The last couple of years have been challenging, to say the least.
I write a lot about health and wellness, most often focusing on the importance of exercise and eating well.
I also espouse what I call “Proactive Positivity.” In posts and speeches, I explain the way negativity tends to comes naturally – for example, when we’re lying in bed unable to sleep in the middle of the night, in most cases we think about problems we want to solve, or other things bothering us. Meanwhile, positivity doesn’t tend to be automatic, thus, the need for proactive positivity—activities like: expressing gratitude, smiling, helping others, exercising, spending time with people you like, looking for silver linings, being present, seeing the glass as half full, celebrating your progress, laughing, having fun, pursuing your passions, working in a job you love, having hobbies, and investing in experiences vs. stuff.
In an article in the Wall Street Journal early this year, Elizabeth Bernstein wrote about the components of a mental-fitness regimen. It’s important for people to proactively take steps to be mentally healthy, she explains, just as they would if they wanted to be physically fit. Bernstein goes on to quote Wendy Troxel, a clinical psychologist and senior behavioral and social scientist at Rand Corp., “If you wait until a major stressor hits to try and bolster your mental health, it’s like trying to inflate your life raft while you are already drowning at sea.”
Here are some of the steps Bernstein writes should be part of your mental-fitness regimen, per advice from experts:
Make sleep nonnegotiable. Most adults need 7-8 hours of quality sleep…setting a consistent wake-up time, counting backward to determine when to go to bed, and creating a relaxing wind-down routine, starting an hour before bedtime. Take a bath, read a book, turn down the lights and the thermostat. (65-68 degrees is ideal.) Disconnect from technology to minimize your exposure to distressing news and light.
Calm your mind. You can’t cope with stress well if your brain is on high alert at all times, says Carolyn Daitch, a psychologist in Farmington Hills, Mich., and co-author of “The Road to Calm Workbook.” She recommends beginning the day with 15-20 minutes of yoga, meditation or prayer, then scheduling four “mini interventions” during the day—a two-minute breathing exercise or other quick tension-releasing technique. (One of her favorites: Make a tight fist with one hand, imagine it holding all the tension in your body for 10 seconds, release it.) She says to think of these practices as a “stress inoculation.”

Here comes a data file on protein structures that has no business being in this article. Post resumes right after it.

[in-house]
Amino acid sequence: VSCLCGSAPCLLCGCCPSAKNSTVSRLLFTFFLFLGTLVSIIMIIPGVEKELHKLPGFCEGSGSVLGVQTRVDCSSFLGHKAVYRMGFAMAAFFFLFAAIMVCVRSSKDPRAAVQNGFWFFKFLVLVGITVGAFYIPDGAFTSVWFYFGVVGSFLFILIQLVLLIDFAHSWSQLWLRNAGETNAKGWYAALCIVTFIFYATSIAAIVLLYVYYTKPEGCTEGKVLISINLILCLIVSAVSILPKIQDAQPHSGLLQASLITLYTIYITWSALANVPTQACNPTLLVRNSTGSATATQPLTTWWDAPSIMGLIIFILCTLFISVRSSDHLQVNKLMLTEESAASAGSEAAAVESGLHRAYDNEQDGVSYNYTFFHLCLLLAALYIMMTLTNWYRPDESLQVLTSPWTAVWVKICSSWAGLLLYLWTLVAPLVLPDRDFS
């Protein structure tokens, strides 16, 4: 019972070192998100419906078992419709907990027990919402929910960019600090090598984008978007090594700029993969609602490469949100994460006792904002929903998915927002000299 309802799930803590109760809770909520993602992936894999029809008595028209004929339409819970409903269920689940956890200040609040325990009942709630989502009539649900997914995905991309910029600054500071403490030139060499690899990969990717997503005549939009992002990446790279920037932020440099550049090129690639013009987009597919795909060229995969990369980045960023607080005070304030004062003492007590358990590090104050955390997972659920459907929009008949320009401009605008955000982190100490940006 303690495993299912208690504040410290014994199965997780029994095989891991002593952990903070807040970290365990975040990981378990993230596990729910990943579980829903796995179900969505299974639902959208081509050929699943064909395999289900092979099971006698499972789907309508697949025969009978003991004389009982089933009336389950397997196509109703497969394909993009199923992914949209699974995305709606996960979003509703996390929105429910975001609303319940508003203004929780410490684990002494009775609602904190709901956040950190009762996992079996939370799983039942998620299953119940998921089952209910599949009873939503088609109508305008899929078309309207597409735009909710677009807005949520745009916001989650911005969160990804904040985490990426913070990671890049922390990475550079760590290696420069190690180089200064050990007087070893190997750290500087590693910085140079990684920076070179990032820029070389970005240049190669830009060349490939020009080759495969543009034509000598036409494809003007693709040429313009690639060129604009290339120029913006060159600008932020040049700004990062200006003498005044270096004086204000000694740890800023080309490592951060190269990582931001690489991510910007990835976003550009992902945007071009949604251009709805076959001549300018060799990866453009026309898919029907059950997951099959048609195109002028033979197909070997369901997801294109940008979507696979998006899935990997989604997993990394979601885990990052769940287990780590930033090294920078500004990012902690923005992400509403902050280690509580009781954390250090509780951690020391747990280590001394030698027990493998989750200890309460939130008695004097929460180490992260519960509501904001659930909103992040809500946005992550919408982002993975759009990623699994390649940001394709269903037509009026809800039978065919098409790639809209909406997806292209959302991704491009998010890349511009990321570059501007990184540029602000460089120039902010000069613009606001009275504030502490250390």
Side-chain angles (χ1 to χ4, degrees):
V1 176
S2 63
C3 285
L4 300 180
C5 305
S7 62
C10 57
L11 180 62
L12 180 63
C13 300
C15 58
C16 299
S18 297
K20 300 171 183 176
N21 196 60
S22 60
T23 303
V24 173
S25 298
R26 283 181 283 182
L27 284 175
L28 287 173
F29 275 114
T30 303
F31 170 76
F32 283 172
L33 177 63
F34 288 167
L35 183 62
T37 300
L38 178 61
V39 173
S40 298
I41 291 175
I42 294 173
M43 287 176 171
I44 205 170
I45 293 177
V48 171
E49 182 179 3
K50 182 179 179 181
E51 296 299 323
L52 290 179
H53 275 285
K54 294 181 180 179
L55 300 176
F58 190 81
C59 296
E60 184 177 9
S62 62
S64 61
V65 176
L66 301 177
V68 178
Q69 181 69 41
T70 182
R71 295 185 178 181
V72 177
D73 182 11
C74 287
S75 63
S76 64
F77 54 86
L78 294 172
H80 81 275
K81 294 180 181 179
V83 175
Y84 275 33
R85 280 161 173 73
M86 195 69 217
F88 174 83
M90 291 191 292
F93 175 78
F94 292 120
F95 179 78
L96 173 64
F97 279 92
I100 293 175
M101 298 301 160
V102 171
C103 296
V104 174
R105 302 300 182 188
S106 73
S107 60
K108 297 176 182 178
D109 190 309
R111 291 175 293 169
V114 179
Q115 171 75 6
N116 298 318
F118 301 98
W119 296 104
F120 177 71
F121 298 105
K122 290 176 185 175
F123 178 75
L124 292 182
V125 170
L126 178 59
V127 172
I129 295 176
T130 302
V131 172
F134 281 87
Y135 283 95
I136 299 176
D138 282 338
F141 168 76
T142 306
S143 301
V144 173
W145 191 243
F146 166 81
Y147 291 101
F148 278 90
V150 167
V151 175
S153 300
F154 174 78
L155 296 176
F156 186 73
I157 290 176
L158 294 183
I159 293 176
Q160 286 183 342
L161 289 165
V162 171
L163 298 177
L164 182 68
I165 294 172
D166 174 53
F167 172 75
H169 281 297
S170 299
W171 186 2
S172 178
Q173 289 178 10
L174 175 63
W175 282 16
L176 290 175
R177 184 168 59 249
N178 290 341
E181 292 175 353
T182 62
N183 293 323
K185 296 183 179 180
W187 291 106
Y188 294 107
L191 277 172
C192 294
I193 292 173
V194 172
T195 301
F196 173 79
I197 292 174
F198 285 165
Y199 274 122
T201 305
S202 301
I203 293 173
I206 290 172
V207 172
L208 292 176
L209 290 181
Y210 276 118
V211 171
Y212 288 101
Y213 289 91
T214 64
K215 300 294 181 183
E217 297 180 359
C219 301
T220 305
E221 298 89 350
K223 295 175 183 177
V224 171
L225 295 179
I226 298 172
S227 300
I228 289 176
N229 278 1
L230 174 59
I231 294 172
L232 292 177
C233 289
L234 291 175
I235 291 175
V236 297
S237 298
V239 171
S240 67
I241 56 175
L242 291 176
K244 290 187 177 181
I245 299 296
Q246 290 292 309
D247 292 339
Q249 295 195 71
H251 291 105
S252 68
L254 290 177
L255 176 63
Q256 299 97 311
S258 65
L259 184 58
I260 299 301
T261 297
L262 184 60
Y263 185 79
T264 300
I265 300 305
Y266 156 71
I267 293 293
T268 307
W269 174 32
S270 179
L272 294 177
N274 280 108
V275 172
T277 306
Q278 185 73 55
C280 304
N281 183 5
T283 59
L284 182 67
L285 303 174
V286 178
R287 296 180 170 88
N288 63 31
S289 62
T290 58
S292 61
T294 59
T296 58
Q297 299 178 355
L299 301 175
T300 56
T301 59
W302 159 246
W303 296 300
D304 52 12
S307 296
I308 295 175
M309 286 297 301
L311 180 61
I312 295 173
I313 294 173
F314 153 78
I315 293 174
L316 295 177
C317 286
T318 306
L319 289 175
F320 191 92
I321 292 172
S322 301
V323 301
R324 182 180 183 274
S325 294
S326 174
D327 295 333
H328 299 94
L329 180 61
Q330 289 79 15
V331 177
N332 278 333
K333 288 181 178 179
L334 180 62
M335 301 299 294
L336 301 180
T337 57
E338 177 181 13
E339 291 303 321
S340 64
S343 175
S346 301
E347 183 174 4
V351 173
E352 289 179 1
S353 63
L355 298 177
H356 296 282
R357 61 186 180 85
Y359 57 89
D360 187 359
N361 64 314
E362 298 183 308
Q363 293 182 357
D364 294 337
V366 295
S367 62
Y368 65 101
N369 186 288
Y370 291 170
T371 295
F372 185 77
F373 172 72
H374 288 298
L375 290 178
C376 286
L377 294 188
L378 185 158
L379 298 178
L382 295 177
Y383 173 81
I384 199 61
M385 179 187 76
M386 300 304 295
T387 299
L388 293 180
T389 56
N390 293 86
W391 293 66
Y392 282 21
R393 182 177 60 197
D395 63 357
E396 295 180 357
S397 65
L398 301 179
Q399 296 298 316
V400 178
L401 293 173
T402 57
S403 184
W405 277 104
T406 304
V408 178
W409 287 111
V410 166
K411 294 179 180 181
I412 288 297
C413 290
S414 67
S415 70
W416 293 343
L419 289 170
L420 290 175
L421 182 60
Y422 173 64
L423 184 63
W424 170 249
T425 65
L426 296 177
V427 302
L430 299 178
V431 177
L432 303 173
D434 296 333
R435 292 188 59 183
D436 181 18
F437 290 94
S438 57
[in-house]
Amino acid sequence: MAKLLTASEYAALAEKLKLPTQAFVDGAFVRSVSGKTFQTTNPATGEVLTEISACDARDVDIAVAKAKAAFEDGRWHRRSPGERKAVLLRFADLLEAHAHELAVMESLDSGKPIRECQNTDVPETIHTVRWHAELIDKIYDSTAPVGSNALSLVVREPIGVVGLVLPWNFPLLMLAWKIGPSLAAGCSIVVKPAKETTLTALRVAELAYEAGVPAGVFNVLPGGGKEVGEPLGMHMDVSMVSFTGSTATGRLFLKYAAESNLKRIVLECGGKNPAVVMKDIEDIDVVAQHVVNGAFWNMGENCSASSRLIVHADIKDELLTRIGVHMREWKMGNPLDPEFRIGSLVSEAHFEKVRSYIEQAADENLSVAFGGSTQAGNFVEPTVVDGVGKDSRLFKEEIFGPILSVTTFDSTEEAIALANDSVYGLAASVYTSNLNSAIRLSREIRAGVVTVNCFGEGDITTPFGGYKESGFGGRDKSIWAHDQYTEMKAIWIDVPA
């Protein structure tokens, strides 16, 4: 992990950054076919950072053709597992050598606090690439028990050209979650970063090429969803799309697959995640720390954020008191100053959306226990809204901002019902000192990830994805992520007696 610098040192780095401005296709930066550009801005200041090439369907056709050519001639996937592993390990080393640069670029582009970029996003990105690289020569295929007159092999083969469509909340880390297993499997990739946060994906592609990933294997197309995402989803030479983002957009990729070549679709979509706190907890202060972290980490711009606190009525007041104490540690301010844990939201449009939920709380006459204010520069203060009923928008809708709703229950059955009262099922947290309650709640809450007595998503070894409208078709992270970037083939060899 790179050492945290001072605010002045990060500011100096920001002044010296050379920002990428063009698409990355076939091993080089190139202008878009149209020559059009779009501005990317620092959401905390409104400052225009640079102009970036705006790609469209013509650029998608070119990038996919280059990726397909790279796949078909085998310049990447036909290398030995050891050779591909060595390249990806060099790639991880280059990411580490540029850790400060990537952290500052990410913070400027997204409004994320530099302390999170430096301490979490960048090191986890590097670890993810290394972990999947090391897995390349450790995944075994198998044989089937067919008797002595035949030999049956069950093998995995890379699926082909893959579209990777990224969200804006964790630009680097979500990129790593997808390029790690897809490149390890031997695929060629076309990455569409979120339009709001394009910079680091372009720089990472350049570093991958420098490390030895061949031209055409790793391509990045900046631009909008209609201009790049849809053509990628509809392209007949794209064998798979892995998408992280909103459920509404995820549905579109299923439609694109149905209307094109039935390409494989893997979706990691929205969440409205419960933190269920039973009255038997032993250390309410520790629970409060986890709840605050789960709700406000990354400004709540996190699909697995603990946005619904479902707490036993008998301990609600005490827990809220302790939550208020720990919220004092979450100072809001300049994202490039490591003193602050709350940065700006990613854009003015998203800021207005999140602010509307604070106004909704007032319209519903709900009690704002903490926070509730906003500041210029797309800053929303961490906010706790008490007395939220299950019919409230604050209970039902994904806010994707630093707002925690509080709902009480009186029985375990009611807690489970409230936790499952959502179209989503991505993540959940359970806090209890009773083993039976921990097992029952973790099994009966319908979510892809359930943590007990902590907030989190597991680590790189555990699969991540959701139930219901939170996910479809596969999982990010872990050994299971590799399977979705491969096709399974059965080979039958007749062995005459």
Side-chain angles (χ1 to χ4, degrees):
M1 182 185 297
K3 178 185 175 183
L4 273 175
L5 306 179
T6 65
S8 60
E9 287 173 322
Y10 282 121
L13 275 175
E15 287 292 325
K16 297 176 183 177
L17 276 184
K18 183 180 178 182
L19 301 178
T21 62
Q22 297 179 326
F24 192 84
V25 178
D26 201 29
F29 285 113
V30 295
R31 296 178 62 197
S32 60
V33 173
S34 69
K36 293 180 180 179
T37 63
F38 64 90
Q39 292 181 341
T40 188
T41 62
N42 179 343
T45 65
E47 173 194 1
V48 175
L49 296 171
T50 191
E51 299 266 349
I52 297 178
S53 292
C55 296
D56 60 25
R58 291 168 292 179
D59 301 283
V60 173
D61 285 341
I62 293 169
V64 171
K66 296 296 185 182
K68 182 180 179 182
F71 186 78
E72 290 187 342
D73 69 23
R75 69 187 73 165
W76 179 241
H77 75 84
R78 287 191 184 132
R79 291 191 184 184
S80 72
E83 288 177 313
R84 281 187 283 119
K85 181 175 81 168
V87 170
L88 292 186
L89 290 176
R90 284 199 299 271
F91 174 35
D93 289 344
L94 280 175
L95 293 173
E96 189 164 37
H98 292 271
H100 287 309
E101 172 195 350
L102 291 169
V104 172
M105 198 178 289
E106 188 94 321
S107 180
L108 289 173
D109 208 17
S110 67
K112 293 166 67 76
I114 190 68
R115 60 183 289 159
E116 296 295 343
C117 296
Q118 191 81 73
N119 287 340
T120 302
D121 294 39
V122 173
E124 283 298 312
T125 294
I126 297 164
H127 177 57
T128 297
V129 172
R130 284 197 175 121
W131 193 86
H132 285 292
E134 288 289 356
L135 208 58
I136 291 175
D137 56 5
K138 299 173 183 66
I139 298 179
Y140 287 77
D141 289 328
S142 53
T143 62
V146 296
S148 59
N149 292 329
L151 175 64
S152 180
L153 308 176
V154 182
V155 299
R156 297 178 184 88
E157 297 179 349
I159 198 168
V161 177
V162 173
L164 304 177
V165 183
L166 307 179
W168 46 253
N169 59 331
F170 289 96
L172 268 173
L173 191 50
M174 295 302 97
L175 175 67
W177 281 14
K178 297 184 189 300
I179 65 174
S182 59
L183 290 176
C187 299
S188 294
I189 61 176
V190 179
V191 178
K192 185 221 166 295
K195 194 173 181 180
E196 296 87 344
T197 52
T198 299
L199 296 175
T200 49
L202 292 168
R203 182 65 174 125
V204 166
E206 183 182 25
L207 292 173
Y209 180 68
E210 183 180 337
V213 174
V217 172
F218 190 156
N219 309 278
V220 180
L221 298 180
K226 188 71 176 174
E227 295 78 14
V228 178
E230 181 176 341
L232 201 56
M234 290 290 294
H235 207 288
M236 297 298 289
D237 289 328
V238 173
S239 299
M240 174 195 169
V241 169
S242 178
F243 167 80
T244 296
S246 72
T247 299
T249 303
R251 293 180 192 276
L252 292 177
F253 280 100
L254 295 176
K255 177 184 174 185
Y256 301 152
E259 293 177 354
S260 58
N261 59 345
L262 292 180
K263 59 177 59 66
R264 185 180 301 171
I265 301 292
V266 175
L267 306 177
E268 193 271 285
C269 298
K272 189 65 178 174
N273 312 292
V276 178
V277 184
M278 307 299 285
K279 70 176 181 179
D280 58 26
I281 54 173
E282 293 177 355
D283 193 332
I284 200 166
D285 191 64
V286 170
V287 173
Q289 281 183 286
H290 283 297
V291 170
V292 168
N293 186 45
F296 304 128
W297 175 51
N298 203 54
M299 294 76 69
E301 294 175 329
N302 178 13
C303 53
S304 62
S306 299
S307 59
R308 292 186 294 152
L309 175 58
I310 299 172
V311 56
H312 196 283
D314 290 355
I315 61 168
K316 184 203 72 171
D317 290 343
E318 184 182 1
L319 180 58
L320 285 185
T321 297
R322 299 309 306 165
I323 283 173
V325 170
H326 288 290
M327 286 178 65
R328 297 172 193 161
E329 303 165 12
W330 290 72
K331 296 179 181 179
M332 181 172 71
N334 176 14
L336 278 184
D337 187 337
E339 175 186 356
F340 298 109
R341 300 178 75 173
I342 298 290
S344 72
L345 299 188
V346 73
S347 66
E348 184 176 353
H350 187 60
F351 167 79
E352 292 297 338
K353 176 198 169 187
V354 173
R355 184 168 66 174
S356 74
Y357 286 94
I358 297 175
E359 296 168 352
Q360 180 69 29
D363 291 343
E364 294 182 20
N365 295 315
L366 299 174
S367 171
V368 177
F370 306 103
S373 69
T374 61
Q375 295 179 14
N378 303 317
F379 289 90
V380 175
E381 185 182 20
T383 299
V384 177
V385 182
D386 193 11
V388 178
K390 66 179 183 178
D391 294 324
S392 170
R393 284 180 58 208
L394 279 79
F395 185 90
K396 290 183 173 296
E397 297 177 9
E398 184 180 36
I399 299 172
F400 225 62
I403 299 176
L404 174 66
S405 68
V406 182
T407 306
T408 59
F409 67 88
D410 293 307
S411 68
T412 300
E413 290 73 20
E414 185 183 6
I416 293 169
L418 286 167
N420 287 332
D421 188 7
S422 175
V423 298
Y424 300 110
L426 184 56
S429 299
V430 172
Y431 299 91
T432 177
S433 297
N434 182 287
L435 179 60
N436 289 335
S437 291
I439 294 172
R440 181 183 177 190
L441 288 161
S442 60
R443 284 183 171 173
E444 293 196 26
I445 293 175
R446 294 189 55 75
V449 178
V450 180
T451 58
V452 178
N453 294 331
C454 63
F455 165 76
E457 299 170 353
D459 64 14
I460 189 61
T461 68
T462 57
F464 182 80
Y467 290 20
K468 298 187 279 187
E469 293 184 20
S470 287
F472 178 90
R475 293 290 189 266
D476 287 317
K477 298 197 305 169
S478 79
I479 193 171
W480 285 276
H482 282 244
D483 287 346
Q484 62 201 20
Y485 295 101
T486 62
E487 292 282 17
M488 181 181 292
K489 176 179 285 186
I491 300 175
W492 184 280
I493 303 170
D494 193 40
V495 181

Watch your language. The words we use to talk to ourselves color our outlook. So try to replace “hot” language with “cooler” language, suggests Patricia Deldin, a professor of psychology and psychiatry at the University of Michigan, Ann Arbor. (“This is a challenge but I can handle it,” not “I’m overwhelmed.”) And stop “shoulding” yourself. (“I would like to…” not “I should.”)
Practice self-compassion. Research shows self-compassionate people are happier, more optimistic, more motivated, and more resilient. Yet, too often, we are mean to ourselves. Treat yourself with kindness and understanding. Start by acknowledging when something is painful. (Dr. Daitch recommends putting your hand on your heart and saying: “This isn’t easy.”) Then talk to yourself as you would to your best friend. And remind yourself that everyone goes through difficult times.
Move your body. Research shows that aerobic exercise reduces fatigue and tension, and improves alertness, concentration, sleep, mood, and self-esteem…And studies show that exercise in nature has even more benefits: It reduces the body’s stress response, lowers cortisol levels and blood pressure, and it gives you a sense of awe, which boosts mood.
Create a media diet. There’s too much negative news…Decide how much you will consume—think of this as a “news calorie count”—and stick with it. Set aside blocks of time to turn off your phone. Purge negative people from your social media feed. Look for positive streams to follow or articles to read.
Choose extracurricular activities wisely. Research shows that pleasant activities, ones that give you a sense of purpose (such as volunteering), and ones that make you feel accomplished or masterful (such as learning a language) improve mental health. So pick up a new hobby, practice an instrument, work on improving at a sport.
Cultivate supportive relationships. People with strong relationships are emotionally healthier. So make a commitment to connect regularly with friends and family. Set a goal to reach out to one person a day. Ask about the other person and discuss something other than the day’s awful news. And be open about how you are, because vulnerability can be bonding.
Bernstein also recommends being grateful, as I have written about many times, including this post about gratitude for stress reduction.
I hope you will work to incorporate some of these ideas into your routine.